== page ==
The river Trym, Westbury on Trym

On the way down I’d missed where we’d crossed the river, kept in concrete culverts, with the very Westbury touch of window-boxes attached to the railings.  It’s strange that Westbury sees itself as a village in the city, and the river’s there in the name, but the Trym seems so ignored by the planning.  We followed it down alongside some houses, with birdfeeders attached to the trees over it, and had to divert as it ran behind that fence, and we ran over the main road, and took a new kind of typically urban river path.

This section has allotments on one side of the river, and a narrow path on the other side edged with garden fences and occasional gates.  It’s that typically urban footpath, each different garden having a different fence or wall, the wood panels covered in tree shadows, and occasionally glowing green where the sun hit the lichen.  And at the end, the ultimate public-private river moment, going into the Henbury Golf Course.

Stealing Tracy's shot

Everything about the golf course has a genteel sneer at lesser mortals who don’t belong.  The public footpath runs right across it, but the way in looks like it’s an accidental hole in the fence, and once you get in, there are no signs to tell you where to go, only if you’re a golfer.  We followed the footprints of dog walkers in the snow, but it was still confusing trying to work out the footpath on the OS map in real life.  We found a somewhat suggestive sculpture of a man’s hands grasping his club, and a spring that had been artificially grotto-ised, but it was lucky Tracy spotted the gate out, or I’d have been wandering around the greens for ages.  (I genuinely don’t understand this as a tactic by the golf club – they clearly don’t want to oiks to be on there, so having footpath signs would be useful to get us out as soon as possible.)

The gate out was such a clear transition point.  Behind us, everything manicured to within an inch of its life, ahead tussocky course grass on a field that looks just… there.   So weird how the snow had melted off almost everything except for the path.  We crossed one of the strangest footbridges I’ve seen – not rickety, exactly, but like some kind of small scale, curved cattle grid over the river, actually super-grippy, but it took us a moment to get the confidence to step on it!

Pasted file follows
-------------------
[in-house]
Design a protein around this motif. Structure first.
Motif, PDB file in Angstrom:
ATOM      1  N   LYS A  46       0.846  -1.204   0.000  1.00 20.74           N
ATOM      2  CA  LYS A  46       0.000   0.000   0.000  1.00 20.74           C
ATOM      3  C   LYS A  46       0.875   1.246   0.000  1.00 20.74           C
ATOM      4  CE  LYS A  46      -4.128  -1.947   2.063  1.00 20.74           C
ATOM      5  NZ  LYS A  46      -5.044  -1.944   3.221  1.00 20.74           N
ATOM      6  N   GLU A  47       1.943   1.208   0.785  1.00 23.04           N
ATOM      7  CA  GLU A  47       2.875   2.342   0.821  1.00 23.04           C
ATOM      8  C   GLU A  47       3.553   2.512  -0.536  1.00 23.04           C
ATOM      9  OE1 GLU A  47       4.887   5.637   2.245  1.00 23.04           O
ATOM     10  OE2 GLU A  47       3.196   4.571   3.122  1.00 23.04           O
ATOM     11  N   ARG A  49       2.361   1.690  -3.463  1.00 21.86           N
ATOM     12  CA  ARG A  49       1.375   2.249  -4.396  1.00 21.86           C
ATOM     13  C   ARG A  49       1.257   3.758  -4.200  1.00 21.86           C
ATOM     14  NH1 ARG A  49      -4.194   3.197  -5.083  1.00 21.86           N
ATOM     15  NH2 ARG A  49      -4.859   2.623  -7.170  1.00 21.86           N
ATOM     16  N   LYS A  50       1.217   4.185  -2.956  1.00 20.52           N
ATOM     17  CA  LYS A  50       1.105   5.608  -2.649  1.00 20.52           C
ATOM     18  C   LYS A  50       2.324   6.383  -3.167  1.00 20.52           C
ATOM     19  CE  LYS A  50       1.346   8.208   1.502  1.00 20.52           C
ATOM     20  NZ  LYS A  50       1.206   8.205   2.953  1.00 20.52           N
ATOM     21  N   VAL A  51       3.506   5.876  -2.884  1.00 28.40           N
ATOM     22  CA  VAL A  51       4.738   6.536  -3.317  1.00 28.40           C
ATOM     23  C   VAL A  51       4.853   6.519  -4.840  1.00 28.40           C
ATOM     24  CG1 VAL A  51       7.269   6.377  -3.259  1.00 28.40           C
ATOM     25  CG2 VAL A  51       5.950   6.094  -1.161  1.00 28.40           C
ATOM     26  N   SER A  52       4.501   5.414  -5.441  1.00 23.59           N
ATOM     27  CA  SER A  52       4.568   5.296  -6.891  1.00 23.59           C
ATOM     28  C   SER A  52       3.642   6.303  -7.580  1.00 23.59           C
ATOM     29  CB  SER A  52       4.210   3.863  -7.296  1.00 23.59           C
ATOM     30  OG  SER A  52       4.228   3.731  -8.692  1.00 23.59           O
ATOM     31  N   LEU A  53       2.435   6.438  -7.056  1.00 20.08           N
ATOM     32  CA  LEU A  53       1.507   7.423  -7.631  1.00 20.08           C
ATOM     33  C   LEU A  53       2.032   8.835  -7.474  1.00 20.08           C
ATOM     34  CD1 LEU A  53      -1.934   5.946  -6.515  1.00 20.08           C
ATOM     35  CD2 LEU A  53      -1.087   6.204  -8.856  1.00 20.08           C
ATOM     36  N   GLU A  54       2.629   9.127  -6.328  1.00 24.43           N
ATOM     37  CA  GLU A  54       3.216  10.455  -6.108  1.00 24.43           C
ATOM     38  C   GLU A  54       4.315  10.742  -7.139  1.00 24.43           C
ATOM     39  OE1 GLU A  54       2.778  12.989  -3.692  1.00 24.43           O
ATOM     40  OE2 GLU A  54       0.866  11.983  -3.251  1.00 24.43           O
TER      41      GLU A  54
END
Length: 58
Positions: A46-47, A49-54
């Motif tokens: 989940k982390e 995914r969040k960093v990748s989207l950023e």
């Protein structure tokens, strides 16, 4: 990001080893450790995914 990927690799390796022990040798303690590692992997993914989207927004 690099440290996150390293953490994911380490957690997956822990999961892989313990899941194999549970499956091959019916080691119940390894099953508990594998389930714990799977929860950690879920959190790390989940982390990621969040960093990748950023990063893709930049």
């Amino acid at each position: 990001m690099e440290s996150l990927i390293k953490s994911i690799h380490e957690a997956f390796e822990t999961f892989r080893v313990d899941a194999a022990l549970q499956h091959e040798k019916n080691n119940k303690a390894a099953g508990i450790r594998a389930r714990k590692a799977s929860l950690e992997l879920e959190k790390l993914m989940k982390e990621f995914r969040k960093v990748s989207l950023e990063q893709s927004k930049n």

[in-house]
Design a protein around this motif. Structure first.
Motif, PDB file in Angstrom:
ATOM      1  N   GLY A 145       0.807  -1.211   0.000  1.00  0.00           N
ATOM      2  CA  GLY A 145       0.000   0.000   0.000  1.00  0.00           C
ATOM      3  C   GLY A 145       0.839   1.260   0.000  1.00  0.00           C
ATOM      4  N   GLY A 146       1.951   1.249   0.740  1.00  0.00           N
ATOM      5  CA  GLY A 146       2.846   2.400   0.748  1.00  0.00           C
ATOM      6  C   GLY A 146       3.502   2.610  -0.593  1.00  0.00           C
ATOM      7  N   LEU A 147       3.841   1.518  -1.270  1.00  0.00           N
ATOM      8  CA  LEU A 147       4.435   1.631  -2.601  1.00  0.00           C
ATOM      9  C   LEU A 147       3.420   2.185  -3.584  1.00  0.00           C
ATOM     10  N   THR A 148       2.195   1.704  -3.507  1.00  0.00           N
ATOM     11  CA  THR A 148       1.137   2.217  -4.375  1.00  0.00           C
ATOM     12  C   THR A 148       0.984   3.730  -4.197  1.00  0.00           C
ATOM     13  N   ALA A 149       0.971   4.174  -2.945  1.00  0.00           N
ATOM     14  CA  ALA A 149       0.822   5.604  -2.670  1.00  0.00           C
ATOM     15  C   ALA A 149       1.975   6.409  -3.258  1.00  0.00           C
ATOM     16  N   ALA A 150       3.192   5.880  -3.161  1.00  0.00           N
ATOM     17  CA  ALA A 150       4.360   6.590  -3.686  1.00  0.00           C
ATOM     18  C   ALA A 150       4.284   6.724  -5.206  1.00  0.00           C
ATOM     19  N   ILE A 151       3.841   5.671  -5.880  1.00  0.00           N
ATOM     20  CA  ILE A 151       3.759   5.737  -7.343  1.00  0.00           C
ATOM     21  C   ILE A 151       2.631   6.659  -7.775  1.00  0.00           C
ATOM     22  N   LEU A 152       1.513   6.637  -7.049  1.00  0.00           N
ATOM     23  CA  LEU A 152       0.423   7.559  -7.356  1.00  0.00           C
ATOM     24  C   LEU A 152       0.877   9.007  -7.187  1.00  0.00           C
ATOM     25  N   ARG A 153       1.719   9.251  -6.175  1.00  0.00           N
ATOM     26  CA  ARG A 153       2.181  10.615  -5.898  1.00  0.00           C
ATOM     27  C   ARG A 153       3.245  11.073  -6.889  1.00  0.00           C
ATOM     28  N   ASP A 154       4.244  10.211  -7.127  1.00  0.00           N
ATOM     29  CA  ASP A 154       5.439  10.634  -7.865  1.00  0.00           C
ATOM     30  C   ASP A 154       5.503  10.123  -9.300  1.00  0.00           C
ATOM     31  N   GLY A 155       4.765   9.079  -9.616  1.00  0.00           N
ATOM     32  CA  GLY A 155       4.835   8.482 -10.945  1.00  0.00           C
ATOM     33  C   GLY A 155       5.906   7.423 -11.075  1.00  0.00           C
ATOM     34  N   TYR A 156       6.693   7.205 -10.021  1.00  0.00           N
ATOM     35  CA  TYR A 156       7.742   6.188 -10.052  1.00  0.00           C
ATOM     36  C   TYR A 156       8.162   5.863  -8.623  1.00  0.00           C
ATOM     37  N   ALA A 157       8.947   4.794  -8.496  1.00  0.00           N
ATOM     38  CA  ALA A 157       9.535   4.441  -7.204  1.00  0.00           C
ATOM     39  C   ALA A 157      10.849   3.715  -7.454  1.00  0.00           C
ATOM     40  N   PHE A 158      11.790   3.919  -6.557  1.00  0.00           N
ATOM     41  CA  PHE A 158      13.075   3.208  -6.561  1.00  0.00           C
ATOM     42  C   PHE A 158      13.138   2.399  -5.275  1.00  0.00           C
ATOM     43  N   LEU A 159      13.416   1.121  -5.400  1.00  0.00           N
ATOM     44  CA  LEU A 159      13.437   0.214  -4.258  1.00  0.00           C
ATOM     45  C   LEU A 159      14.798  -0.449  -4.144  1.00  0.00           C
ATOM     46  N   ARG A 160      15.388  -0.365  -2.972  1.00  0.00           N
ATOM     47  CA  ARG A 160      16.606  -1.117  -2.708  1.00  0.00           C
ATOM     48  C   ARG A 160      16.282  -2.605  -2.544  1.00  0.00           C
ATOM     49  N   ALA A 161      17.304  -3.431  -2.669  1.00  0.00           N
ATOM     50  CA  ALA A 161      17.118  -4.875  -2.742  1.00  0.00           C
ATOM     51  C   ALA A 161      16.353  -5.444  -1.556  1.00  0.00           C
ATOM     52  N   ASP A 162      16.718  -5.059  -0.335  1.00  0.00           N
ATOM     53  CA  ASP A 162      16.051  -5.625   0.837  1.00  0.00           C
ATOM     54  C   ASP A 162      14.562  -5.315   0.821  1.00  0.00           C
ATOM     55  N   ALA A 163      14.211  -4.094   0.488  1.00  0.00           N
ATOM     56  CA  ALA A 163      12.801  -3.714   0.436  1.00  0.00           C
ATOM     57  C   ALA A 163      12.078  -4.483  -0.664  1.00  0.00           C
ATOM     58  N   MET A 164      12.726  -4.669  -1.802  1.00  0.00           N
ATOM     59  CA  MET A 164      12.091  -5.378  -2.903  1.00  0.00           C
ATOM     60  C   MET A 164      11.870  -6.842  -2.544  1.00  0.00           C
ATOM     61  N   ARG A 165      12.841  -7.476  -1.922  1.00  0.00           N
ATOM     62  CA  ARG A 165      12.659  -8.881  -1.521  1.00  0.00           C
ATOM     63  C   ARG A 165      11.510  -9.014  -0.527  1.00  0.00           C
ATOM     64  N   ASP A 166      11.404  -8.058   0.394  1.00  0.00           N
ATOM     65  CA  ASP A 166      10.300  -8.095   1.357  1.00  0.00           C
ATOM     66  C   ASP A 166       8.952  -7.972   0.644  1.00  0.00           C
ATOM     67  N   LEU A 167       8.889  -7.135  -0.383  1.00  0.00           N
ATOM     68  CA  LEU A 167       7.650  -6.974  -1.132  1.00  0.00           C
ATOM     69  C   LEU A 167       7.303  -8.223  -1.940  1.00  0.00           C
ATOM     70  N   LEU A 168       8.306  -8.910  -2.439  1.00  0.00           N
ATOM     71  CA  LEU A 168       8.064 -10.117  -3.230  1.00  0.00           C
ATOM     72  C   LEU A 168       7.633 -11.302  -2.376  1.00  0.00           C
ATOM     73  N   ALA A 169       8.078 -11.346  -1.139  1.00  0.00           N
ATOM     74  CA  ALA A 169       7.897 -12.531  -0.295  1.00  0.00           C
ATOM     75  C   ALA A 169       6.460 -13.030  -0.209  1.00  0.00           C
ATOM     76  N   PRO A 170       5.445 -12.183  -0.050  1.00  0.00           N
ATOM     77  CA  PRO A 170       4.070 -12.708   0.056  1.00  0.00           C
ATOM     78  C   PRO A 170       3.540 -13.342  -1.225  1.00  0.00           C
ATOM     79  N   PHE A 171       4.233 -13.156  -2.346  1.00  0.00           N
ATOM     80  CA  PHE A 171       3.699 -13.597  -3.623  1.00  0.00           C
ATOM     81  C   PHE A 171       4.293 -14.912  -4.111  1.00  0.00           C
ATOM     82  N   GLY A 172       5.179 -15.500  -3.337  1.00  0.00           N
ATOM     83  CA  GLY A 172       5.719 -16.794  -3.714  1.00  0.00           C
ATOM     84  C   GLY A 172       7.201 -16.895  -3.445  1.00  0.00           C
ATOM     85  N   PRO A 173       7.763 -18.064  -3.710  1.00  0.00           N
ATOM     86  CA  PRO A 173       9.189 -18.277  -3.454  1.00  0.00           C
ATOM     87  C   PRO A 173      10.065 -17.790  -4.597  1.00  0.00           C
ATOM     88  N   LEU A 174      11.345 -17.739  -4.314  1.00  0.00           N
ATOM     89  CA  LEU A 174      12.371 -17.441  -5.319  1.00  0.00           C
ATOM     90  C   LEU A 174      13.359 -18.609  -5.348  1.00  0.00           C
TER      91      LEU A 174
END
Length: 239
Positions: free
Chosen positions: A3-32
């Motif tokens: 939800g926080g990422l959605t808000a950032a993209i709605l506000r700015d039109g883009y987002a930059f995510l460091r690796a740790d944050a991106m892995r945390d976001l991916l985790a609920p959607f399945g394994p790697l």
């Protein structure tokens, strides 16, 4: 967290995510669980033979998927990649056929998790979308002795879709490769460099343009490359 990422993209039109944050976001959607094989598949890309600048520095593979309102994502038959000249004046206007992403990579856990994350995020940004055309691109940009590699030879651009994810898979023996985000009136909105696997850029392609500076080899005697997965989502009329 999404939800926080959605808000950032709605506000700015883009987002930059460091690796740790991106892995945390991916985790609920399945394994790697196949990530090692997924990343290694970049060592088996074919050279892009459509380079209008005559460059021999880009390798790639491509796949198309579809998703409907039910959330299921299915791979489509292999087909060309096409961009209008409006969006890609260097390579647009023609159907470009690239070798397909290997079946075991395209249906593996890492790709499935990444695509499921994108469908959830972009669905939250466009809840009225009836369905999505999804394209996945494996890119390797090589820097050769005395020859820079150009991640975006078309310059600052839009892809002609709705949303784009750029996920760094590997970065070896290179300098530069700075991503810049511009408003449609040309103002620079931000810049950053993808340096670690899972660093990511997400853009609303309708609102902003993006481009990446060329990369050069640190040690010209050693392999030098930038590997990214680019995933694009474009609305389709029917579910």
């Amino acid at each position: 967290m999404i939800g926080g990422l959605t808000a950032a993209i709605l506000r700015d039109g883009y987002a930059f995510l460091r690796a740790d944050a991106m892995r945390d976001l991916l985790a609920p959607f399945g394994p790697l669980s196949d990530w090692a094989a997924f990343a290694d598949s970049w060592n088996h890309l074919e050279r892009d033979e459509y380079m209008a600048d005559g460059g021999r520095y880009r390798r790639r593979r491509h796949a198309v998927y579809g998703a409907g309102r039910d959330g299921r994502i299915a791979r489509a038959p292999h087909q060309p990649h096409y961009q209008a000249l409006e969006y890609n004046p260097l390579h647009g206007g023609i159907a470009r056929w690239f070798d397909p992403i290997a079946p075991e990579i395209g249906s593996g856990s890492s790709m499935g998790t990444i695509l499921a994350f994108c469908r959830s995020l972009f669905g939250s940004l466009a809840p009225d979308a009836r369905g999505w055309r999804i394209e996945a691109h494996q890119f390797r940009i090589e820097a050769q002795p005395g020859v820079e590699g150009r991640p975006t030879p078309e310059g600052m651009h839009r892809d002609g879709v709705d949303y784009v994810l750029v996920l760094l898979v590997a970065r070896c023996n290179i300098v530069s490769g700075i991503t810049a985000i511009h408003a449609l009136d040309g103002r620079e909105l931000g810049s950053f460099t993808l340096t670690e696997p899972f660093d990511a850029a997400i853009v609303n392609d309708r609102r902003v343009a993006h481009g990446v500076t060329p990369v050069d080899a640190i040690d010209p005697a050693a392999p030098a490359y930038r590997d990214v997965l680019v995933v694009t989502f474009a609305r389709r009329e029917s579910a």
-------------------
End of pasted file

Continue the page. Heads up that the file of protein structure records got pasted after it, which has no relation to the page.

The next path was a narrow, off-camber muddy trail through rhododendrons, with a steep drop down to the river, so we were veeerrryy careful walking here, talking the slowest descents, and at the bottom there’s a transition into Blaise Castle Estate, where the Trym joins Hazel Brook (definitely on the list to walk up).

Trym reflections

Lots of happy dogs frolicking, and a feeling of being in a park, with a long footpath lined by tall thin trees, that ran along a concrete wedge, some kind of pipeline, disguised?  A small flood defense?

Bridge graff

Under the Coombe Dingle bridge, and the clouds massed overhead, and the snow started again, so we picked up the pace.  Through another open section along the river, where a large heron flew overhead, and crossing the road into the final wooded section that opens up into the open space at Sea Mills, where the former Roman port-town of Abona used to be (find out more about that in my podcast).  We watched a group of crows mobbing some large raptor – a young buzzard maybe? and then we could see the road and rail bridges, and the Avon beyond them, the end of the walk.

The River Trym meets the Avon

I love that we’ve got to the Sea Mills viewpoint to look at where the Trym meets the Avon on a few different walks now, and seen it at different tide heights, but it was definitely time to head to the bus stop.  We stopped on the road bridge to get one last picture, and then turned for home.   It’s the first time I’ve walked one of the rivers from start to finish in one go, and it was a beautiful day for it – and like I say about every walk, one to repeat, and see what it looks like in other seasons.  I’m really happy we did that, and I’m looking forward to doing it again.